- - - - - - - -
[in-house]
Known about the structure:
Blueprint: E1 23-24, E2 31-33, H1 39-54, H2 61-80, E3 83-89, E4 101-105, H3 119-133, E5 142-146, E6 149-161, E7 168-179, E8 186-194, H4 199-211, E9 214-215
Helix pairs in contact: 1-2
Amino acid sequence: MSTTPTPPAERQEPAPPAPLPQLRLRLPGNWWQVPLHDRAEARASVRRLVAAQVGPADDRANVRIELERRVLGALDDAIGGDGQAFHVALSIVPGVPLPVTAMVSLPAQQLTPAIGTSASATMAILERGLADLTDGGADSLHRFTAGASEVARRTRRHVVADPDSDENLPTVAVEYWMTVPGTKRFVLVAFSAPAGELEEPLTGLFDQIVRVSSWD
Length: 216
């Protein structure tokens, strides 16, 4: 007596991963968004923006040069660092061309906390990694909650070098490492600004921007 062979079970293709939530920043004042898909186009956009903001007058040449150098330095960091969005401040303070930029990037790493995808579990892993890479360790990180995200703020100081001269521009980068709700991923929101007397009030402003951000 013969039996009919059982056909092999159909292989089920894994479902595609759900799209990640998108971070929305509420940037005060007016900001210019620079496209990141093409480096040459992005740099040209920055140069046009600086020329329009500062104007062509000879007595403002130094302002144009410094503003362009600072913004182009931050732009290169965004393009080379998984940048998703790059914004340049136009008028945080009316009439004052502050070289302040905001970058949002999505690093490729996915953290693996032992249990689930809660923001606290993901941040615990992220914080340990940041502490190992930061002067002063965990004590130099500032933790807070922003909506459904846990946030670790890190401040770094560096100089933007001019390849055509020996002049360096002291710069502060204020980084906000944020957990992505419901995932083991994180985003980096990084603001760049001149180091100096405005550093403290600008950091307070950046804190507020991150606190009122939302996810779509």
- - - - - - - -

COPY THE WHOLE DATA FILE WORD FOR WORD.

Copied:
[in-house]
Known about the structure:
Blueprint: E1 23-24, E2 31-33, H1 39-54, H2 61-80, E3 83-89, E4 101-105, H3 119-133, E5 142-146, E6 149-161, E7 168-179, E8 186-194, H4 199-211, E9 214-215
Helix pairs in contact: 1-2
Amino acid sequence: MSTTPTPPAERQEPAPPAPLPQLRLRLPGNWWQVPLHDRAEARASVRRLVAAQVGPADDRANVRIELERRVLGALDDAIGGDGQAFHVALSIVPGVPLPVTAMVSLPAQQLTPAIGTSASATMAILERGLADLTDGGADSLHRFTAGASEVARRTRRHVVADPDSDENLPTVAVEYWMTVPGTKRFVLVAFSAPAGELEEPLTGLFDQIVRVSSWD
Length: 216
């Protein structure tokens, strides 16, 4: 007596991963968004923006040069660092061309906390990694909650070098490492600004921007 062979079970293709939530920043004042898909186009956009903001007058040449150098330095960091969005401040303070930029990037790493995808579990892993890479360790990180995200703020100081001269521009980068709700991923929101007397009030402003951000 013969039996009919059982056909092999159909292989089920894994479902595609759900799209990640998108971070929305509420940037005060007016900001210019620079496209990141093409480096040459992005740099040209920055140069046009600086020329329009500062104007062509000879007595403002130094302002144009410094503003362009600072913004182009931050732009290169965004393009080379998984940048998703790059914004340049136009008028945080009316009439004052502050070289302040905001970058949002999505690093490729996915953290693996032992249990689930809660923001606290993901941040615990992220914080340990940041502490190992930061002067002063965990004590130099500032933790807070922003909506459904846990946030670790890190401040770094560096100089933007001019390849055509020996002049360096002291710069502060204020980084906000944020957990992505419901995932083991994180985003980096990084603001760049001149180091100096405005550093403290600008950091307070950046804190507020991150606190009122939302996810779509």